“It’s not what you think it is!” Raven waved his hands frantically in front of him. “I- Lloyd and I missed you all like crazy, and I’ll explain it to you once I get back but…”
“I can fill them in on it if you want?” Lloyd suggested. “I-I don’t want to assume but if it’s what I think it is-”
“It is.” Raven’s voice lacked it’s usual flare. It startled Han. She took a step back and shot her grandfather a concerned look. Raven only gave a weak chuckle in response.
“C’mon kid, there’s someone I want to introduce you to.”
There was a tent on the outskirts of the playhouse/carnival that Han was told never to enter. The few times she wandered near it, the Floozie would kindly, but firmly remind her that the tent was off-limits and that Raven and Lloyd would not be pleased if they caught her near it. Now Raven was leading her over to the formerly off-limits tent.
“I don’t know if I can go in there without crying. Just a heads up.” He didn’t wait for Han to respond. Raven stepped forward and lifted up the tent flap. Inside on a table was a photo of a woman surrounded by a pair of unlit candles held up by silver candlestick holders. Raven waved Han inside. He swallowed hard, took a deep breath and tried to hold back the tears.
“Hi Isa. I...I know this is late but…” The tears rebelled against Raven and slowly made their way down his face. Raven felt Han place a hand on his shoulder. He sniffled a bit and continued talking.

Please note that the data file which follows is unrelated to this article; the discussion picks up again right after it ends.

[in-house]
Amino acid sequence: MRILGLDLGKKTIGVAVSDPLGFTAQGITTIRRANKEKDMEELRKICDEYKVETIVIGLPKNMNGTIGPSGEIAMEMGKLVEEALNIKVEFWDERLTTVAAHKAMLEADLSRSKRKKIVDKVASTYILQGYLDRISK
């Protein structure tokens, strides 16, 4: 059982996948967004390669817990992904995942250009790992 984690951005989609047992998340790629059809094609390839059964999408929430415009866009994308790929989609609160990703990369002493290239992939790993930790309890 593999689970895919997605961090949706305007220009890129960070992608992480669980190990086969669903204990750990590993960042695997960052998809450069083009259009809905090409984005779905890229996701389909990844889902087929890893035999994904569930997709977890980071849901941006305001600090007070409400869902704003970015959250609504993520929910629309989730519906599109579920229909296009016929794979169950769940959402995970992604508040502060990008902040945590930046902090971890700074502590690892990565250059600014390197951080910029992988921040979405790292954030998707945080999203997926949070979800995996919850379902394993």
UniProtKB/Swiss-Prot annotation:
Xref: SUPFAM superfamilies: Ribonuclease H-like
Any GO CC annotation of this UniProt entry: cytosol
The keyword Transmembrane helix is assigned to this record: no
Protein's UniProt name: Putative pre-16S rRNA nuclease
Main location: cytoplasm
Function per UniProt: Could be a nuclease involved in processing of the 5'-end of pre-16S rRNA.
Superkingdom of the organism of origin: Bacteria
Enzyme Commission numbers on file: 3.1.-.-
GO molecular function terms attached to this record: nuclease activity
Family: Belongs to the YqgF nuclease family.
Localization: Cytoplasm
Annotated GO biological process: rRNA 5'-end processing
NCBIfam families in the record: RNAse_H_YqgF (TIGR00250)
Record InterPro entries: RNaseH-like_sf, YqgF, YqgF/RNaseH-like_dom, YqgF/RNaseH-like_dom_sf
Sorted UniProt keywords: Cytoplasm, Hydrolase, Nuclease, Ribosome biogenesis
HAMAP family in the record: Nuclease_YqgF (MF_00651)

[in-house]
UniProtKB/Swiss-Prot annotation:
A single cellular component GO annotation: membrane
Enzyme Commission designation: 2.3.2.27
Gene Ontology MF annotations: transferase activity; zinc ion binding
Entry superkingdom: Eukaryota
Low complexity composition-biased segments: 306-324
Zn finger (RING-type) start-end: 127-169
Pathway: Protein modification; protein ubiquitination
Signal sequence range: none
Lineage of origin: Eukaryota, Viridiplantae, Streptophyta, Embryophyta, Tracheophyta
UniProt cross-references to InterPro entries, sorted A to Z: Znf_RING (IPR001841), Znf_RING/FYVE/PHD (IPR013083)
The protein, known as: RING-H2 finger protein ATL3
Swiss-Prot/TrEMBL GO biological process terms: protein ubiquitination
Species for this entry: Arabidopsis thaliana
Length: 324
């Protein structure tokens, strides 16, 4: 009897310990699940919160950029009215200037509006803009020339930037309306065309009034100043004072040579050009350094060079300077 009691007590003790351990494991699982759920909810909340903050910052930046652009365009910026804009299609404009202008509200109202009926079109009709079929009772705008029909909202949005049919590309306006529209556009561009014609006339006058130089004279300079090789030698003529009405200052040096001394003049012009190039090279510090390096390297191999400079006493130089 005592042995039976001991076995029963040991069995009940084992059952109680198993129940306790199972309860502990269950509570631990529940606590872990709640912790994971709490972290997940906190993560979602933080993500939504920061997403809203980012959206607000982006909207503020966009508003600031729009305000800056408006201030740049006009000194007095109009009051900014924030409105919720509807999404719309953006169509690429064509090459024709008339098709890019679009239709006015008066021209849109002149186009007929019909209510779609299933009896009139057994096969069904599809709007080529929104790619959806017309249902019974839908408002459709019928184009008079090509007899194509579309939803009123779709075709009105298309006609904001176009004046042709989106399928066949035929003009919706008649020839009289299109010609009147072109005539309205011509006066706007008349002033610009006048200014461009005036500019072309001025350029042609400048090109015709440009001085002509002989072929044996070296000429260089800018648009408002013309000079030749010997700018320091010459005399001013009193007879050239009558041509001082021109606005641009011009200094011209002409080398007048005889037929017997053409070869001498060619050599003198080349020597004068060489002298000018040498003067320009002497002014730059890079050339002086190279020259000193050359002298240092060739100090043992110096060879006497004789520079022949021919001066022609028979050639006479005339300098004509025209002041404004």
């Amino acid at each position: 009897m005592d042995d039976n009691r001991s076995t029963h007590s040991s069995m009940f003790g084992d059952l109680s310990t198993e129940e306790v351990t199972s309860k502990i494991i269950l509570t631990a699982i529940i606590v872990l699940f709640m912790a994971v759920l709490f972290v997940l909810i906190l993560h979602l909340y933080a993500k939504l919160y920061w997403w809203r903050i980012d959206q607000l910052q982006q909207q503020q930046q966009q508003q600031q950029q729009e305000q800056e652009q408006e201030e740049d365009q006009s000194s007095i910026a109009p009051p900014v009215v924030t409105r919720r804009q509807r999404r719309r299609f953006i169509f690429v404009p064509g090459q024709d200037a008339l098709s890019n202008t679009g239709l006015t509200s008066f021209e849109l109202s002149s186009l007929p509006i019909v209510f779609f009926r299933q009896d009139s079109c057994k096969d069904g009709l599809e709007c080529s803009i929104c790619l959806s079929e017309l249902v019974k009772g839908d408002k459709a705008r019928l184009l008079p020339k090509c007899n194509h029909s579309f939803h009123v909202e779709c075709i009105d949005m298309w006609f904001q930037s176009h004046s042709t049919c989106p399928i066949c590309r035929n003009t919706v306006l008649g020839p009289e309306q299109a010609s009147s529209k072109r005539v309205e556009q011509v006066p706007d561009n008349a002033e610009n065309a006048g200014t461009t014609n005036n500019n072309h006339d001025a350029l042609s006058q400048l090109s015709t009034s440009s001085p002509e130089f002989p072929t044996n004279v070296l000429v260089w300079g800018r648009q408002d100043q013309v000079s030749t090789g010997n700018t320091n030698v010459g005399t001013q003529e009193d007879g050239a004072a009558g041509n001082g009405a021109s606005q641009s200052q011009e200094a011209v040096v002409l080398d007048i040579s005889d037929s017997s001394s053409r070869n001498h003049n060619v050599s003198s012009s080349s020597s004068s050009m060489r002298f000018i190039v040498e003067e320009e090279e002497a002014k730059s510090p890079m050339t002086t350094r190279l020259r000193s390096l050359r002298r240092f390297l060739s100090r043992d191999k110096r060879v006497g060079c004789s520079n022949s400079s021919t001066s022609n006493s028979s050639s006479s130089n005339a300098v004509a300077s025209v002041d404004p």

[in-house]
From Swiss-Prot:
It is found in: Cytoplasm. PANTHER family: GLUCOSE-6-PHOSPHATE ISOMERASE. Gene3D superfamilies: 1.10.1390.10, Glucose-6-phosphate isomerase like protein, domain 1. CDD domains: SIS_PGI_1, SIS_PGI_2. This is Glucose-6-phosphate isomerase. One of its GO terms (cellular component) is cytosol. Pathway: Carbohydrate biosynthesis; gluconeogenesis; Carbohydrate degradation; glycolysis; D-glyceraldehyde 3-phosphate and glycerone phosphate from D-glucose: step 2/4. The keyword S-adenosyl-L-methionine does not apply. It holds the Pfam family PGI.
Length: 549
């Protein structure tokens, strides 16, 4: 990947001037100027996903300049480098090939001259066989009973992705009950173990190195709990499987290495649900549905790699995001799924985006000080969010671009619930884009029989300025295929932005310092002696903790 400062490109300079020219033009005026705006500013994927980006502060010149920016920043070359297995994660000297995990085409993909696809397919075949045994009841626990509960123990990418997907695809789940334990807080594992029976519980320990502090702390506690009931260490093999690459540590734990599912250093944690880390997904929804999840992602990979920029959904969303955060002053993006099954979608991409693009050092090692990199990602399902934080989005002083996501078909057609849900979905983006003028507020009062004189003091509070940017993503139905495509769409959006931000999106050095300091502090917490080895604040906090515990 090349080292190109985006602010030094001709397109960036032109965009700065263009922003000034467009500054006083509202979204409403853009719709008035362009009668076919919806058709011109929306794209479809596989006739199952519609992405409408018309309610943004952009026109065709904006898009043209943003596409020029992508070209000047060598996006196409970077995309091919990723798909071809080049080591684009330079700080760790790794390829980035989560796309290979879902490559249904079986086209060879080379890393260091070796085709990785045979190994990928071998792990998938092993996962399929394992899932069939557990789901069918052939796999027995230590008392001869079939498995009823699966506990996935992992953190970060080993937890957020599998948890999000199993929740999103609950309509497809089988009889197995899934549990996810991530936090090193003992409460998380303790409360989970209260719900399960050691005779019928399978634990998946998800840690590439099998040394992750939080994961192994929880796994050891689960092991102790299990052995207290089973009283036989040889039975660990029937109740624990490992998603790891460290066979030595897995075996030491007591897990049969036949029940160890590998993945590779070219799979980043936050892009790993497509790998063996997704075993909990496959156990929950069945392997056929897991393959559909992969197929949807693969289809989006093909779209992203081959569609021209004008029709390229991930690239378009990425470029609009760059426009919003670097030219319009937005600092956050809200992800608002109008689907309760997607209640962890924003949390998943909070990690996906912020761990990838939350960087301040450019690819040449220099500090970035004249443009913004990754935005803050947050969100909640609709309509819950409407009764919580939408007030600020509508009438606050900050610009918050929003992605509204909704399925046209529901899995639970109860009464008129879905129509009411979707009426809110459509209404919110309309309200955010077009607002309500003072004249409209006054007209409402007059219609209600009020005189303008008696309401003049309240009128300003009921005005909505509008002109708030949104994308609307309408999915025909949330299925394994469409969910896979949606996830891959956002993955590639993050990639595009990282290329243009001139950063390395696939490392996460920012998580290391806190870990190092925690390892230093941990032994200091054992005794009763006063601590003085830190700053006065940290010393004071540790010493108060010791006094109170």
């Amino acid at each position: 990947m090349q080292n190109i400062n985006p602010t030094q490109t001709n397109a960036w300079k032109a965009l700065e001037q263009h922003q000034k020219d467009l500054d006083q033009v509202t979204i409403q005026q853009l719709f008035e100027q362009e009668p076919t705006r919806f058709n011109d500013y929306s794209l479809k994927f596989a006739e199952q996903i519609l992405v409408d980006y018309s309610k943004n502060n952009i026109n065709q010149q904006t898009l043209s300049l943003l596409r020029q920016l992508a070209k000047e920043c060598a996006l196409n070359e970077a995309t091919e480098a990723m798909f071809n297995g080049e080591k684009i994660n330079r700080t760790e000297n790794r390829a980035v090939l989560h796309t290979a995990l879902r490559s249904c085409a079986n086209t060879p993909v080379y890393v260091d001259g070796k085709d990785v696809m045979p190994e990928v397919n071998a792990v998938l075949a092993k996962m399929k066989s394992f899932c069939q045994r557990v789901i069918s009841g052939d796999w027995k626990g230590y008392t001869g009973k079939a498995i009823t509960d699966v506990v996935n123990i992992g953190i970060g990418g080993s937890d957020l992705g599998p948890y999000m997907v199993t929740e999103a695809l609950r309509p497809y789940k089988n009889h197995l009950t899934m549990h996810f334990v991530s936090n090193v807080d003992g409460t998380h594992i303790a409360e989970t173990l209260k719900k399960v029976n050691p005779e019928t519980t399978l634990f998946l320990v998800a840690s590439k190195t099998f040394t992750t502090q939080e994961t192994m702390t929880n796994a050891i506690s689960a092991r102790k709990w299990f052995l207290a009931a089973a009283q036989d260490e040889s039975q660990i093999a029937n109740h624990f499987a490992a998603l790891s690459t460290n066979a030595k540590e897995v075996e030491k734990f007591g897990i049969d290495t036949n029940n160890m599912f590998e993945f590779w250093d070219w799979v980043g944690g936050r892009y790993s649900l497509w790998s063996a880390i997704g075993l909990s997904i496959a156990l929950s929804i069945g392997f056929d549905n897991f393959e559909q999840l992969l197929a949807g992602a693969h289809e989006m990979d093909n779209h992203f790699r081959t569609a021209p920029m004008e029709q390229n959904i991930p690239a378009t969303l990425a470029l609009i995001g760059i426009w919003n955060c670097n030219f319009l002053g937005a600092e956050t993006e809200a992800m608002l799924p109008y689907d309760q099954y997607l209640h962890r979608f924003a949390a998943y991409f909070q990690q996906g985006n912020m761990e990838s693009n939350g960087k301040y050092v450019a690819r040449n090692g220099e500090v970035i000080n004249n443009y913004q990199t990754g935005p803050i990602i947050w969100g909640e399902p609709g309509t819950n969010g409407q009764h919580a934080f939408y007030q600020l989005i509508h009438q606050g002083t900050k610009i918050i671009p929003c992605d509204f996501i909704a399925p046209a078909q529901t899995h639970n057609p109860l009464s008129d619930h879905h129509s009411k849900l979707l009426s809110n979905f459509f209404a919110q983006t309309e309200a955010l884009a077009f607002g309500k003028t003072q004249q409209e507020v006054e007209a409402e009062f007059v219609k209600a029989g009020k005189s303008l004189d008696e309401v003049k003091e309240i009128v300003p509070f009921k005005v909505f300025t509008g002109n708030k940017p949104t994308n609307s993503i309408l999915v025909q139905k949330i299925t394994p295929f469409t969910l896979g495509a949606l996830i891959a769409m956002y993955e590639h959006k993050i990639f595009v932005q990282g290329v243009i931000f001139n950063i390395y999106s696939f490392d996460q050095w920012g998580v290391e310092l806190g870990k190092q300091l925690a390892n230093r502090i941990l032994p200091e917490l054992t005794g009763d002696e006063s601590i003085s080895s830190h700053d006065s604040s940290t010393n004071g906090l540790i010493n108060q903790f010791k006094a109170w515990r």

“Lloyd told me. About Son Mi. I couldn’t- I-I couldn’t be there for our daughter o-or our granddaughter because well, Lloyd sort of died but he’s okay now and yeah he-he’s a few generations late b-but..but…”
Han finally pieced it together. This was the great-grandmother she never got to meet. She suddenly felt shy in front of the picture. The woman in the frame died years ago, but inside her tent Han felt as if she were a child being introduced to her great grandmother for the first time. She could almost imagine the way her hands would feel, brushing back her hair and tilting her face up. Maybe Han’s great-grandmother would say something like, “You have my nose,” or, “It looks like Raven’s lips run in the family.”
“Hi...I’m Han Mi. I’m your great-granddaughter.” Han awkwardly waved at the picture and forced a smile. Raven kept sniffling beside her.
“Han Mi is so much like you, Isa, right down to the hat stealing and sass. Gods...she would have loved to have a kid like you,” Raven said, turning to face Han Mi. “She had other kids, you know. Not mine, of course, Son Mi came way later...we could visit him someday...anyways, I’m going to head back. You can stay if you want?” Han nodded. She waited for Raven to leave before she went to sit in front of Isabela’s picture.
“I know I have matches here somewhere….hold on….aha!” Han finally fished out her matchbox and lit the candles. The soft glow made Isabela look alive for just a brief moment. Han set the matches on the table and leaned back on her hands.
“So...a lot has happened since you...well passed. But if there’s any chance you’re hearing this, happy mothers day.”